A Colorado family has also filed suit against the makers of Paxil, after their son was born with Persistent Pulmonary Hypertension of the Newborn (PPHN). The infant was placed on a ventilator immediately following birth and has undergone two cardiac catherizations. He is still on oxygen and taking medication to help him breathe. The suit claims that GlaxoSmithKline should have warned expectant mothers about the risks of taking Paxil.
PPHN is not the only problem that can be caused by taking Paxil during pregnancy. A 2005 study conducted by GlaxoSmithKline, makers of Paxil, found that infants who were exposed to Paxil while in the womb had a risk of heart malformations 1.5 times higher than that of other antidepressants.
One Texas family filed a lawsuit against GlaxoSmithKline after their son was born with a heart malformation. Although he is two-and-a-half years old, he has already had three open heart surgeries because he was born with a double outlet on the right ventricle of his heart. The family claims that GlaxoSmithKline knew about the risks of taking Paxil while pregnant but failed to properly warn the public about those risks.
An Ohio family filed a lawsuit late last year against GlaxoSmithKline after a mother gave birth to twin girls who had heart defects. One of the twins died after four surgeries to repair the heart defects. Meanwhile the other twin has a hole in her heart and will require regular monitoring as she ages.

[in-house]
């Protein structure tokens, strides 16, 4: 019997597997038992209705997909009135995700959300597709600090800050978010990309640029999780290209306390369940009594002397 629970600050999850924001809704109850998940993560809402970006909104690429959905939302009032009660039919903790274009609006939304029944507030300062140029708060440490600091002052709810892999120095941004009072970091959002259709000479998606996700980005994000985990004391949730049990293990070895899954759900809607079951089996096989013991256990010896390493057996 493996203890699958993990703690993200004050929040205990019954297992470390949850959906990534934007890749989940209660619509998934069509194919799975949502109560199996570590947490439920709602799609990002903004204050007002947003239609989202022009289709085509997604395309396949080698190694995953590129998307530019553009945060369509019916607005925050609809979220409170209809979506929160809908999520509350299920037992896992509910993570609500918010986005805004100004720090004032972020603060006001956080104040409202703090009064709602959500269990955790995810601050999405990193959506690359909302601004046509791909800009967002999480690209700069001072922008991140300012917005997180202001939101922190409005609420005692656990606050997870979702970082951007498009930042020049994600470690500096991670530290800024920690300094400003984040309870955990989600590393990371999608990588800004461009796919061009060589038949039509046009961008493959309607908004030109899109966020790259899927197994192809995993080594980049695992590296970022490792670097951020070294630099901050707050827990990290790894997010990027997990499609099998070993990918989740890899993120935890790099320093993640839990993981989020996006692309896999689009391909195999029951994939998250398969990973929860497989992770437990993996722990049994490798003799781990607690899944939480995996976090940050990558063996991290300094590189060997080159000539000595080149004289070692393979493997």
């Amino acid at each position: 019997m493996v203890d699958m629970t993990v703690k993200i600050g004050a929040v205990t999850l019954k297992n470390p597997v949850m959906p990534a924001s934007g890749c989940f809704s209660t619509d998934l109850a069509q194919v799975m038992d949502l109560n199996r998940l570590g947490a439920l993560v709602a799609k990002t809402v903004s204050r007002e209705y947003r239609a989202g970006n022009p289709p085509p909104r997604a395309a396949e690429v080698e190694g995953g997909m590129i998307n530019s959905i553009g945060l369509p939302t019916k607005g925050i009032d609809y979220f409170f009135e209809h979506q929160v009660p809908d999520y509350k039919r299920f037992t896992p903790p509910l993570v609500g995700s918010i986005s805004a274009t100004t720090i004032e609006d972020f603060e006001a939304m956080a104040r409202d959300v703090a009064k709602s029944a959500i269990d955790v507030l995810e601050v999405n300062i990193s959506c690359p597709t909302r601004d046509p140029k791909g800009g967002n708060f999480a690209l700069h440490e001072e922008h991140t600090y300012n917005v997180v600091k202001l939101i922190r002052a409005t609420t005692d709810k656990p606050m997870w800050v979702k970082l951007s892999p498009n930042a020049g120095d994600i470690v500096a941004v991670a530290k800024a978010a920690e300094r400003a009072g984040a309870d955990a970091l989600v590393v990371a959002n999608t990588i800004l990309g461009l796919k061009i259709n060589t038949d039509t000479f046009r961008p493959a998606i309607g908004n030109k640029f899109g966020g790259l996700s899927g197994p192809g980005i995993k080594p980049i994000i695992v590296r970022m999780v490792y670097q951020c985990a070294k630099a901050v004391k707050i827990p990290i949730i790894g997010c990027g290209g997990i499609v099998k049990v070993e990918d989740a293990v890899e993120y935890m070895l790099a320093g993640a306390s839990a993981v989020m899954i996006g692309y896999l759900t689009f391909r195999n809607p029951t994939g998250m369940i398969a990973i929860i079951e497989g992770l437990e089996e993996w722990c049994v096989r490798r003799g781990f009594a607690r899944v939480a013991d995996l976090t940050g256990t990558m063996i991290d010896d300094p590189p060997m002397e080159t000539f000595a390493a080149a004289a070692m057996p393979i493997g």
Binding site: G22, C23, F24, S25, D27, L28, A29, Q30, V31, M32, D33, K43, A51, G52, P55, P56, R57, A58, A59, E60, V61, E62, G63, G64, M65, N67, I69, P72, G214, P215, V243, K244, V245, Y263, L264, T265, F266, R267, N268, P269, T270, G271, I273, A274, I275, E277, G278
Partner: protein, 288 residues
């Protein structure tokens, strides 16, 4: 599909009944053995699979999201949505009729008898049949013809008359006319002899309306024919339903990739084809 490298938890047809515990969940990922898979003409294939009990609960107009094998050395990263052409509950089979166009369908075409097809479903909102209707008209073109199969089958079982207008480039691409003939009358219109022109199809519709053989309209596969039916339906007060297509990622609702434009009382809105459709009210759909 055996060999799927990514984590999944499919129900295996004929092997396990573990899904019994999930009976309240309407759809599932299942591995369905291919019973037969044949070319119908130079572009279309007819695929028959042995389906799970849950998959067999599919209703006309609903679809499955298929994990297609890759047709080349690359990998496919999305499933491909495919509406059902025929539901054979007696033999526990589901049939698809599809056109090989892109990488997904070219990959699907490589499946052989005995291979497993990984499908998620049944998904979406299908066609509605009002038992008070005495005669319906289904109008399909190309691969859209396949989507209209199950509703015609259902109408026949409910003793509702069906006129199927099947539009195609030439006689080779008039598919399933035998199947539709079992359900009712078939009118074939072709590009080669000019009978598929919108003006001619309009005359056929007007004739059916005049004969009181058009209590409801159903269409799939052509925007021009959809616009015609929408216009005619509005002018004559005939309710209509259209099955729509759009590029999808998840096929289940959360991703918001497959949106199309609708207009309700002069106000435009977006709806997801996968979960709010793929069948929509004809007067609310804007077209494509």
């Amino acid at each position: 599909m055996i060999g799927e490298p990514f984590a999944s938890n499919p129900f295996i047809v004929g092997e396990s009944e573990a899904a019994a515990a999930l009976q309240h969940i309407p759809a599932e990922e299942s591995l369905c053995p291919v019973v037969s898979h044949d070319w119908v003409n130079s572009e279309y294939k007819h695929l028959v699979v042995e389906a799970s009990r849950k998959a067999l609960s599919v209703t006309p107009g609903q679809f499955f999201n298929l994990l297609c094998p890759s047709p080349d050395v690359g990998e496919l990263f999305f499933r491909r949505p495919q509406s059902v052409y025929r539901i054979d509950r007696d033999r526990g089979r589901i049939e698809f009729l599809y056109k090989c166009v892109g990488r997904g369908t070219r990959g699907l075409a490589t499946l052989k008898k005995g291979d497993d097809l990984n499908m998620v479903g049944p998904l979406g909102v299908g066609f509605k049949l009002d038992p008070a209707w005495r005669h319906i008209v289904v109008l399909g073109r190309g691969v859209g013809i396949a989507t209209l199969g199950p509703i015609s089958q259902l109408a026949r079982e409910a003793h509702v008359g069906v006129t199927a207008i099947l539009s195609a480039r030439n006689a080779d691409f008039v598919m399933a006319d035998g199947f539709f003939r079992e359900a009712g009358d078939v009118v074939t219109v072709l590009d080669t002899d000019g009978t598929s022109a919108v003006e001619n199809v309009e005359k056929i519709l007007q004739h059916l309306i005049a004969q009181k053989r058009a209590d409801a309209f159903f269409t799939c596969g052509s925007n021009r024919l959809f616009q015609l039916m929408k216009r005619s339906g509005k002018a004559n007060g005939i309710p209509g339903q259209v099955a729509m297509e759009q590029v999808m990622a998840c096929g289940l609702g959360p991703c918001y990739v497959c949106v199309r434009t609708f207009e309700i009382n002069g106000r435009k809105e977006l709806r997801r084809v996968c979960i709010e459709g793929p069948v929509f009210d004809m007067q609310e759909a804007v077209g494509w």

A South Carolina family has also filed a lawsuit against GlaxoSmithKline after a mother took Paxil while pregnant and delivered a baby with heart defects so severe she required two open-heart surgeries during her first year of life. The heart defect requires the child to take medication throughout her life that will prevent her from becoming pregnant and she will not be able to participate in activities that require physical exertion such as dancing or cheerleading.
In November, 2006, the American College of Obstetrics and Gynecologists Committee on Obstetric Practice recommended that women who are pregnant or plan on becoming pregnant should avoid the use of Paxil if possible.
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The authors of the study found "a significant association between exposure of a mother to an SSRI during late pregnancy and the occurrence of PPHN in her infant. This finding is consistent with an earlier observation in a small cohort study."
Paxil is Category D because it has been shown to have a risk to the health of a fetus.
In addition to PPHN and other birth defects, Paxil has also been linked to an increased risk of suicide in patients under the age of 18.